MOCA Adapter Questions

Hey guys.

I currently have a time Warner cable modem and a wrt54g router in an office. I am trying to get a wired connection to a bedroom that is about 40 feet away. Running cables through the hallways is out of the question and so is running them through the walls.

My questions are regarding the setup of the MOCA adapter(s). Will I be able to use a pre existing cable line in the bedroom to use with the adapter? Will I still be able to use it for TV? Would I need 1 or 2 MOCA adapters? Does the adapter connect to the cable line or do I need something else in between the line and the adapter? How is the performance while using these adapters? What brand/model makes the best adapter?

Any answers, advice, or input would be appreciated.
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  1. Best answer
    Yes, you can use pre-existing coax cable lines.

    Yes, you can use TV with that same cable at the same time.

    You need two adapters, one at each end. The adapters are connected to the coax cable that exits the wall. There's a separate OUT port for the TV.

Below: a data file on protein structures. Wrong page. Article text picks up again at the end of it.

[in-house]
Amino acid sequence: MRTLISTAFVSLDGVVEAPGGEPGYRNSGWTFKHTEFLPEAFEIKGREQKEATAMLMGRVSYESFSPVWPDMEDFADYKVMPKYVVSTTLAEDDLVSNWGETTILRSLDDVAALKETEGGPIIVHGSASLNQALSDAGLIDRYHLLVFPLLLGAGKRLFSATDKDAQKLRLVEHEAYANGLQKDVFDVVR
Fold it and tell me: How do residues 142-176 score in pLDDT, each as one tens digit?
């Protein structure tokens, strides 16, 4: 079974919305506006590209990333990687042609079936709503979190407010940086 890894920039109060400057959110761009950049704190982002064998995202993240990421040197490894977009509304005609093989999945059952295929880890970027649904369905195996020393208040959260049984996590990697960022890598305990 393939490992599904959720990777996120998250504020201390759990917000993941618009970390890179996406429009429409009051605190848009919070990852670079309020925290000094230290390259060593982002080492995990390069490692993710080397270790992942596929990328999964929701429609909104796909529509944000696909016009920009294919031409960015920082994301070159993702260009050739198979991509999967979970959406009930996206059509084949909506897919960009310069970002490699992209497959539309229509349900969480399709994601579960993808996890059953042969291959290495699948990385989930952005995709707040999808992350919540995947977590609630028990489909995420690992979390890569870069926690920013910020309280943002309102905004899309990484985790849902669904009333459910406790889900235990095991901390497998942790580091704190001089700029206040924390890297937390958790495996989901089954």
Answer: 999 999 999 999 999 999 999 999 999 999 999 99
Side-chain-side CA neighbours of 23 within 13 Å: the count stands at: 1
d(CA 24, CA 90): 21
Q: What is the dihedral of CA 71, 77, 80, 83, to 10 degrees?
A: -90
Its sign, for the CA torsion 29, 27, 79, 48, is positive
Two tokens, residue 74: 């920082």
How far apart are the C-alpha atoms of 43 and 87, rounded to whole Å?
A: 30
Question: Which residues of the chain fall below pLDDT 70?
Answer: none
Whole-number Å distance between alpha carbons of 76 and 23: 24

I haven't used them myself, but have helped others employ them. Speeds approaching 100BaseT (100Mbps) are not uncommon.

    Overall, it's a great technology and under-utilized. A lot of ppl just don't know about it. It also tends to be more expensive than wireless and powerline, which doesn't help its popularity. But sometimes it's the only viable solution. And given the performance compare to the alternatives, I think the price is justified in most cases.

    Only real limitation I know of is that they won’t work w/ satellite systems, only cable.

    Which brand? Most of ones I've helped ppl with were Netgear ( ). In fact, Cowboom has had good deals on these MoCA adapters from time to time, about $90-110 for a refurbished pair. I suggest visiting Amazon and just checking the reviews, see what others are saying.